The operators have remained tight-lipped about their indirect strategies - and the results of EE’s recent review are yet to be seen (see box). Mobile operator Three - which pulled out of Phones 4u in 2012 - has ‘very clear principles’ that drive its third-party strategy, the firm’s director of retail Jacqueline Kelleher tells Mobile. ‘We’ll work with partners but they need to compare well with the brand experience and economics of our own retail business while offering incremental sales. My job is to set that bar high and to really ensure we deliver for our customers.’
In the past, mobile brands missed out by not presenting products in the way consumers are interested in buying them, says Peter Wood, CEO at digital print technology firm IDT Systems. As a result, mobile retail has evolved to allow better interaction with goods.
As operators continue to reinvent the look of their shops, one of the biggest challenges is to change perceptions, says Bridget Lea, general manager, O2 stores. ‘Mobile technology is evolving at an increasing pace, with a greater range of devices and services,’ she says. ‘Yet many shoppers still have an image of a traditional mobile phone store and aren’t always confident that they will receive the best advice to help them buy the technology that suits their needs.’
This is why shops are becoming experience led, rather than sales led, says Lea. ‘The industry has come a long way since the days of replica phones stuck to in-store shelving, but there is still a way to go,’ she adds.
Products themselves are also diversifying, as operators bet on the data required by wearables and the connected home to offset declining voice revenues. This could see continued evolution in the way products are presented to customers.
Change could be dramatic. Mann predicts that in western Europe, the number of shops on the high street will actually fall due to consolidation and a focus on out of town retail outlets: ‘This could look like the Apple model, with more opportunity to showcase and demo,’ he suggests.
The way mobile phones are sold on the high street is changing. But even the retailers themselves admit, the mobile market is still too complex for customers to understand: ‘You’ve got the volatility of change and complexity around tariffs and contracts,’ says Padley. ‘Also, there are so many ways to buy. For many customers it’s a difficult experience and we want it to be seamless. But I think for a lot of people it’s a challenge.’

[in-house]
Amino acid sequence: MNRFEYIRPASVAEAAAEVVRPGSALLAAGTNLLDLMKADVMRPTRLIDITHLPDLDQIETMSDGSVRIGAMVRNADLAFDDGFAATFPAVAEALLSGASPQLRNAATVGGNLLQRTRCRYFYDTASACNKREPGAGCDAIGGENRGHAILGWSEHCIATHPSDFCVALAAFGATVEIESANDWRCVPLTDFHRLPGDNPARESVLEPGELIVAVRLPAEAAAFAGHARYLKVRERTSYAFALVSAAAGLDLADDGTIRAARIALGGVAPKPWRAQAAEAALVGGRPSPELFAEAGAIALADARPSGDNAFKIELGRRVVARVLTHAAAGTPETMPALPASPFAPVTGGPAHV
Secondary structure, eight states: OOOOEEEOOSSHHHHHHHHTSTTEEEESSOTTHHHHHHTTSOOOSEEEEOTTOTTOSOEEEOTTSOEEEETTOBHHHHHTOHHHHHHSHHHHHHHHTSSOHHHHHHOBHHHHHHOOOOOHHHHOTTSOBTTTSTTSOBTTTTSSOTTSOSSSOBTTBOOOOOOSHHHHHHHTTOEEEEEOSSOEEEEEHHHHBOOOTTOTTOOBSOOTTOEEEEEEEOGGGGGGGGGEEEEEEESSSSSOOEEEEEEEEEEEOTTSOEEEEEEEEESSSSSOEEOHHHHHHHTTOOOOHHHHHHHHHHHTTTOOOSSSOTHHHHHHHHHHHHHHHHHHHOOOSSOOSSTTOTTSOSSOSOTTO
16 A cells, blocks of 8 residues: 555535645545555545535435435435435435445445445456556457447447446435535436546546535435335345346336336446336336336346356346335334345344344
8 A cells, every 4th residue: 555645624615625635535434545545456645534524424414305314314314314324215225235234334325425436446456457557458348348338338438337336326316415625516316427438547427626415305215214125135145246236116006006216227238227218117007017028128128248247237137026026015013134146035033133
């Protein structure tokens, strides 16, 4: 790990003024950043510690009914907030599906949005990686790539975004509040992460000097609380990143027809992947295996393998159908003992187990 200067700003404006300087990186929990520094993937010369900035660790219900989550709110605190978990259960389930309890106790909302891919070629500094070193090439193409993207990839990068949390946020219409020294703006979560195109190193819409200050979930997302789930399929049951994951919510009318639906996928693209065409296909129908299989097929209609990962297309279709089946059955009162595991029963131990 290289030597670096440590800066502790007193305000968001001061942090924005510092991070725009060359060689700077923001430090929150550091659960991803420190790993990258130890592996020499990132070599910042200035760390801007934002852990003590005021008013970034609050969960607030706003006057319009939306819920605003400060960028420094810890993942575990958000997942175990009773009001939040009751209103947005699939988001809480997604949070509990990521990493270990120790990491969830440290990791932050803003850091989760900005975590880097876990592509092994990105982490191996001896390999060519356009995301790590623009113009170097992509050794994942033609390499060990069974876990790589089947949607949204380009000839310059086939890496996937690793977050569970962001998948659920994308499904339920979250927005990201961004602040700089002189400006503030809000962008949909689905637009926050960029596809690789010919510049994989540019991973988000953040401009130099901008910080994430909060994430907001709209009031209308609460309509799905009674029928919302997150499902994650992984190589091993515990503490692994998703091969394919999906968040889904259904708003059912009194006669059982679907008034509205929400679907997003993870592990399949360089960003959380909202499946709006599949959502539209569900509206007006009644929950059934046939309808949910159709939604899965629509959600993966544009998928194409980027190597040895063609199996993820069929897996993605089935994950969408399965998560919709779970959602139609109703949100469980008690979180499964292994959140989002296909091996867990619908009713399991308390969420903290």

Is EE pulling out of Carphone?
EE’s review of its indirect strategy has led to speculation that the operator could terminate its relationship with Carphone Warehouse. EE’s chief commercial officer, Marc Allera, tells Mobile: ‘We’ve kicked off a review of indirect distribution; we’re working through this and will be concluding it in the near future [over the summer].
‘We’ve been consistent in saying indirect is important and we do believe there will always be a role - that’s why we are doing our review. Where indirect fits into that will reflect the changing landscape today.’
Vodafone explains retail expansion
Vodafone carried out extensive research based on wanting to expand into areas where it did not have a retail presence, Martin Roberts, head of retail and online, Vodafone, tells Mobile.
In April, Vodafone unveiled a £100m boost with plans to open 150 shops over the next financial year. The operator is on target, having opened 22 stores in the last few months.
‘We have worked extensively with customers to find out what store design should be like and we have introduced our new global concept design in the new stores,’ Roberts says. ‘We wouldn’t be investing £100m if we didn’t think there is an opportunity to connect with customers that we aren’t connecting with.’